Epileptic seizures can range in severity from a nuisance to a serious risk to life, and most people with epilepsy rely on drug treatments to keep their seizures under control. However these drugs often have serious side effects and in 30 per cent of cases are not effective. Better ways of understanding and controlling epilepsy are therefore being sought by medical researchers.
Epileptic seizures often involve a cascade effect in brain cells
There are several distinct type of seizure, but in most cases brain cells begin to fire and signal to their neighbours to do likewise, producing a snowball effect that can affect consciousness and motor control. A team from Cambridge University’s Department of Engineering collaborated with two French institutions - the Ecole Nationale Supérieure des Mines and INSERM - and used soft, flexible electronics in a implantable device that works inside the brain.
“These thin, organic films do minimal damage in the brain, and their electrical properties are well suited for the site applications, said Prof George Malliaras, who led the research.
In a paper in Science Advances, the team describes the device and how it was tested in the brains of mice. The device has two functions: a sensor which detects the beginning of the cascade effect in the neurons affected by the patient’s epilepsy, and an ion pump that delivers a drug to stop the seizure.
The ion pump works by creating an electric field that moves the drug across an ion exchange membrane and out of the probe: tuning the strength of this field controls how much of the drug is administered. "In addition to be being able to control exactly when and how much drug is delivered, what is special about this approach is that the drugs come out of the device without any solvent," said Dr Christopher Proctor, lead author of the Science Advances paper. "This prevents damage to the surrounding tissue and allows the drugs to interact with the cells immediately outside the device."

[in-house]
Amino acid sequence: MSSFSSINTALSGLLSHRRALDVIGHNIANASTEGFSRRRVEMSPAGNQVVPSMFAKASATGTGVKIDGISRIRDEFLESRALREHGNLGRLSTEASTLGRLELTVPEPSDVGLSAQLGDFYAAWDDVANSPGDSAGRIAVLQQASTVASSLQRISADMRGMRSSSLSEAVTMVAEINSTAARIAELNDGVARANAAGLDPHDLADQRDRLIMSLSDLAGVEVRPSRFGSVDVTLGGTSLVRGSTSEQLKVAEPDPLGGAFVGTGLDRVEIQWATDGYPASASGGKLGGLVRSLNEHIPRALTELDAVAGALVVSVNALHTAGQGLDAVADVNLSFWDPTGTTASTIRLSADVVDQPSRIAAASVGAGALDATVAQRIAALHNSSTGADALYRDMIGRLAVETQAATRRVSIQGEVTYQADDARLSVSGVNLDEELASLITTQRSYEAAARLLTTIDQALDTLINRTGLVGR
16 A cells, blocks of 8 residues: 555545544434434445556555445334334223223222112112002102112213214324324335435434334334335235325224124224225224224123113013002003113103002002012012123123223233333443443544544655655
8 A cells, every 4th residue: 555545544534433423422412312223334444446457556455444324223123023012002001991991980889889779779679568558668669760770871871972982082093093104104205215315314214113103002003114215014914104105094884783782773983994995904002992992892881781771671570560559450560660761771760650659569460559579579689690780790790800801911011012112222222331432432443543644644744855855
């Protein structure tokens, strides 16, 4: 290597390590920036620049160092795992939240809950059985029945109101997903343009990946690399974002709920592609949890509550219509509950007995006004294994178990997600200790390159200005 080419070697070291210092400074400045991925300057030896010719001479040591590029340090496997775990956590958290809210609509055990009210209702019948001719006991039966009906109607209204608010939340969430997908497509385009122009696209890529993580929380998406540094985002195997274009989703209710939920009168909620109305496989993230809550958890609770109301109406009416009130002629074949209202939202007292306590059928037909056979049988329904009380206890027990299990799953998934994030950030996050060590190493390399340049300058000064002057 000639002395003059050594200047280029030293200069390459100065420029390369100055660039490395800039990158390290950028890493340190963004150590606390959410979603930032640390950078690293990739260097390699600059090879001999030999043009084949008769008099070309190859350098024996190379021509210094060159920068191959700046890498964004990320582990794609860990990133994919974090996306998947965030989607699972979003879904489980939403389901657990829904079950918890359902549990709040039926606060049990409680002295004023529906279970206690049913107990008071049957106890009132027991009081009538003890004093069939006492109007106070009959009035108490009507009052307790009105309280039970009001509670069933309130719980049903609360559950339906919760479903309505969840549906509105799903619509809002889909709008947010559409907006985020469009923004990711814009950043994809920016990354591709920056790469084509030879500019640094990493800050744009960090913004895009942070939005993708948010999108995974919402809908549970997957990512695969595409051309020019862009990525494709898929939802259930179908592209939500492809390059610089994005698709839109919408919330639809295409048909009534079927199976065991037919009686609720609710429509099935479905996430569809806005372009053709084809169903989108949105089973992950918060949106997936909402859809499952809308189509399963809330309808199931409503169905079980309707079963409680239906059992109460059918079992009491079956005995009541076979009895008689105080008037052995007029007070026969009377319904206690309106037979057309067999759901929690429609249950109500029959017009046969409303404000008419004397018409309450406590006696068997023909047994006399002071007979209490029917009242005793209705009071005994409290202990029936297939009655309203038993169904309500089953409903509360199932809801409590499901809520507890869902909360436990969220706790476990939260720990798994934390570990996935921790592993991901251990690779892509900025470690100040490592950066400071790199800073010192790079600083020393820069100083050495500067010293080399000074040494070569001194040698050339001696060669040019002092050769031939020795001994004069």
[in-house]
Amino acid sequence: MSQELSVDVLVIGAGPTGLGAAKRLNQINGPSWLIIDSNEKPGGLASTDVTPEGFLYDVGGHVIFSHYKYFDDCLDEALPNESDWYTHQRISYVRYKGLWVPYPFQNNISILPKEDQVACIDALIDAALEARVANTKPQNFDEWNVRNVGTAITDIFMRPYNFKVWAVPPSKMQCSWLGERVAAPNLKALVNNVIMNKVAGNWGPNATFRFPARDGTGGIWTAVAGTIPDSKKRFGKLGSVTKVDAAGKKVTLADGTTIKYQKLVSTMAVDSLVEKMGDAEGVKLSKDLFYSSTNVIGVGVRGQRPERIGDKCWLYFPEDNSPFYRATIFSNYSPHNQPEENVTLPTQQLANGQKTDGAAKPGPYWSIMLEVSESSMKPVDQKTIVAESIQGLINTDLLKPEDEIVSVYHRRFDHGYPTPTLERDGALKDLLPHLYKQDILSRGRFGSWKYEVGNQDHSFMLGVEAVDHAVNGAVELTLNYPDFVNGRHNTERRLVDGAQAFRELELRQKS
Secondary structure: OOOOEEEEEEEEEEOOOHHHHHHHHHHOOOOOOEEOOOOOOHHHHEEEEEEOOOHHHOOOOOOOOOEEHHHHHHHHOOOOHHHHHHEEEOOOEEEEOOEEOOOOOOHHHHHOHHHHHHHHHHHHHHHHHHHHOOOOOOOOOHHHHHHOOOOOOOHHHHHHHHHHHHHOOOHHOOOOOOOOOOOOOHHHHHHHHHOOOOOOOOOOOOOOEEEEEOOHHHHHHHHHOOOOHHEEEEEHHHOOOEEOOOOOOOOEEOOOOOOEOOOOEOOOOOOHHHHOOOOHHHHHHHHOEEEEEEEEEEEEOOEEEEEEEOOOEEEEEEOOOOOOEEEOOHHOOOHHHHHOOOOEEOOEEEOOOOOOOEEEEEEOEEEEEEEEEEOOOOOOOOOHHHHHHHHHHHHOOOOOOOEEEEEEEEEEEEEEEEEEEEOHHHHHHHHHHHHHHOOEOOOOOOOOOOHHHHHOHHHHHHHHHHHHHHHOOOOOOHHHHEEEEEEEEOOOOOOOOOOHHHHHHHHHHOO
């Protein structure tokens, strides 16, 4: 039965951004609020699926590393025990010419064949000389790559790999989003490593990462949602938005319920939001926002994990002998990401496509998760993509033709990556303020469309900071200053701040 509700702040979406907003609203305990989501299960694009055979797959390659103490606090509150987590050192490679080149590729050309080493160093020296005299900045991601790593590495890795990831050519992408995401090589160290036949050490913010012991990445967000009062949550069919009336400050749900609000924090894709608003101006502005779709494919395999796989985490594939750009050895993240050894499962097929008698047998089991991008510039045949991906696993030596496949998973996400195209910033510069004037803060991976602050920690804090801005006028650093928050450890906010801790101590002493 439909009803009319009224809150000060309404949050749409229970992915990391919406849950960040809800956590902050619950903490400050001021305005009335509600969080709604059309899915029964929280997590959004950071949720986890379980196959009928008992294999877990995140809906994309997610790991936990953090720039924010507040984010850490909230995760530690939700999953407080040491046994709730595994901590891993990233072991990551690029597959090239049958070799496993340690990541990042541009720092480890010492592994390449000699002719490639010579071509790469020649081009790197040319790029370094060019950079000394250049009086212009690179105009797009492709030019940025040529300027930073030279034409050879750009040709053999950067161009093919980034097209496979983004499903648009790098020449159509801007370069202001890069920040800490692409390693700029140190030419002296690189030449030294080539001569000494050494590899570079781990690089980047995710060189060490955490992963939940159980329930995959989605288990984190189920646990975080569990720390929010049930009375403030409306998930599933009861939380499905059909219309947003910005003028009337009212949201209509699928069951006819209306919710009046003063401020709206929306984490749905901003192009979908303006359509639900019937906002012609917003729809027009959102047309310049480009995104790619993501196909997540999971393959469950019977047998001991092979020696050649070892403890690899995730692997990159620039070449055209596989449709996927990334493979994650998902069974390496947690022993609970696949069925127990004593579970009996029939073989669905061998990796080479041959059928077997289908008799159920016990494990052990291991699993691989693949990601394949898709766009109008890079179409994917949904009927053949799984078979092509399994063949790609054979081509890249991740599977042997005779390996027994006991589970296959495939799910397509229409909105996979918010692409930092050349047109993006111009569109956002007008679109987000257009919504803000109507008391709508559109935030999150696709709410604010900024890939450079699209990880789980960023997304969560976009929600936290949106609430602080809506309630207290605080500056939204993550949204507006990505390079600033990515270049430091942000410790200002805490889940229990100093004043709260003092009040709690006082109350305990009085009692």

In their animal research, the team found that less than one per cent of the drug contained within the probes reservoir was needed to stop a seizure, indicating that it would be able to last a long time without any need for refilling (which might require further surgery). Moreover, as the drug they used is a neurotransmitter that is found naturally in the brain, side effects should be minimal, they claim.
Human trials are still some years off, they added, as the long-term effects of the device in mice still need to be studied before these can be initiated. Malliaras, who is currently setting up a new study at Cambridge to prototype neural implants such as this, believes the technology could also be used to treat other neurological disorders including brain tumours and Parkinson’s disease.